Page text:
Effect of Mobile Phone SMS on M-Health: An Analysis of Consumer Perceptions

Effect of Mobile Phone SMS on M-Health: An Analysis of Consumer Perceptions

Mahmud Akhter Shareef (North South University, Bangladesh), Jashim Uddin Ahmed (North South University, Bangladesh), Vinod Kumar (Carleton University, Canada) and Uma Kumar (Carleton University, Canada)
DOI: 10.4018/978-1-5225-3926-1.ch049


This chapter is engaged in identifying consumer perceptions regarding short message service (SMS) of the mobile phone as an alternative service delivery channel for Mobile-health (M-health) and studying the cultural impact of this change. In this connection, the Unified Theory of Acceptance and Use of Technology (UTAUT) model was used as the theoretical base to perceive consumer perceptions about M-health. The authors have performed an empirical study of diabetic patients in Bangladesh and Canada. Path analysis was conducted on the results of both samples. Analysis results confirmed that the UTAUT model fits quite nicely in predicting consumer perceptions of M-health-driven mobile technology. It also acknowledged that differences in cultural traits have an impact on consumer behavior.
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Globalization, economic development, regular monitoring of the human development index, health consciousness, and soaring life expectancy are factors that voluntarily and forcibly push and diffuse the healthcare service system worldwide. Many consumers are now extremely concerned about better service quality of the healthcare system as they are not satisfied with the present health service delivery system. In this context, health service providers, including physicians, are very interested in exploring the integration and application of different technological interfaces of information and communication technology in the service delivery system of modern healthcare. One of many possible opportunities to be applied in the service delivery of healthcare, which many practitioners are recently exploring, is the application of a mobile phone-based message system, such as short message service (SMS), as the newest addition to the service delivery system of better quality healthcare. In this present effort to reveal the effectiveness of modern technology on the healthcare system, the current study is engaged in identifying customer perceptions of SMS as a service delivery channel for modern healthcare, which we termed here as Mobile-health or M-health.

Mobile-health or M-health can be defined as providing right healthcare service at right time continuously to any remote patients without hampering their regular lifestyle. In this service system patients’ physical presence in hospitals, clinics, and/or doctors chambers is not required. They will be communicated through ICT-driven wireless systems, software, and health monitoring devices. Several wireless communication systems can be used for medical professionals’ interaction with patients like, any kind of smartphones, body sensors containing accelerometers, pedometers, electrocardiograms, pulse oximeters, blood-glucose meters, weight scales, etc. Other required technologies may include SMS, multimedia messaging service (MMS); remote communicators and location tracking technology like radio frequency identification (RFID); GPS etc.; data processing tools like personal data assistant (PDA), pocket PC, palm and laptop as well as wireless network like the WiFi Internet network. Through sensor, the patient’s health conditions will be monitored, recorded, and analyzed. And then through connected smartphone, essential information will be continuously transferred to medical professionals from a remote place. Medical professionals will receive any data, related to patients’ health condition, through their laptop, tablet PC, PDA, or other wireless-based Internet communication. This communication will be a continuous regular pattern; however, if urgent advice is required due to any deteriorating health conditions of the patients, two-way communication will be established through SMS from physicians.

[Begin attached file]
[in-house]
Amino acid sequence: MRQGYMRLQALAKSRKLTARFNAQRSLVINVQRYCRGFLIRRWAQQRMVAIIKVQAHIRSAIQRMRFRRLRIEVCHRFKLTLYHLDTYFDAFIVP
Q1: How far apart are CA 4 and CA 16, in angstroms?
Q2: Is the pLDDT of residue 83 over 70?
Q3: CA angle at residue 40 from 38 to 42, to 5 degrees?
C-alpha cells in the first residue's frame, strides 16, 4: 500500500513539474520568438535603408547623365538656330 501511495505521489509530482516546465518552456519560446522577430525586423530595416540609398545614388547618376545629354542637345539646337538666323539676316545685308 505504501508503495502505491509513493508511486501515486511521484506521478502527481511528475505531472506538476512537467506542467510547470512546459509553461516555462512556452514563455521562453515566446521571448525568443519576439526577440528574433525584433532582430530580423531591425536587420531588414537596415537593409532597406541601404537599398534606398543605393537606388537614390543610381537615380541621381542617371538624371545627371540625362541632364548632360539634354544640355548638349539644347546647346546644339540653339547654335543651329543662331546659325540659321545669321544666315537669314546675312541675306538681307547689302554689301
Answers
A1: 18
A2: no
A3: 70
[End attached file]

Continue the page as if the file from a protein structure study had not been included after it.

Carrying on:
M-health researcher Kahn et al. (2010) illustrated: “Innovative applications of mobile technology to existing healthcare delivery and monitoring systems offer great promise for improving the quality of life.” Since the beginning of modern information and communications technology (ICT), wireless communication, electronic health recording, and monitoring devices predominate in a major driving role of the technological and social beliefs of consumer decision-making processes and their complex buying behavior. This is composed of the cognitive, affective, and conative, or behavioral, components of attitude, which play a significantly comprehensive role in accepting an ICT-driven healthcare system. Theorizing this integrated health and technological adoption behavior for consumer complex buying behavior has the potential to help us discover better future designs of a culture and market economy governed by ICT for an innovative and revolutionary M-health system.

Consumers generally are not engaged in buying or pursuing M-health as a regular product. Its purchase frequency, oriented with only a small number of patients, is insignificant to general consumers. In the M-health service system, self-service technology is predominant and this needs extensive self-explanatory skills. From the perspective of a health-concerned matter, M-health-related issues potentially deserve a higher consideration from consumers in the light of usage (Yu et al., 2006). Therefore, the systematic adoption of M-health necessitates a complex buying behavior, and consumers must integrate several different ideas to justify their decision to receive M-health services.

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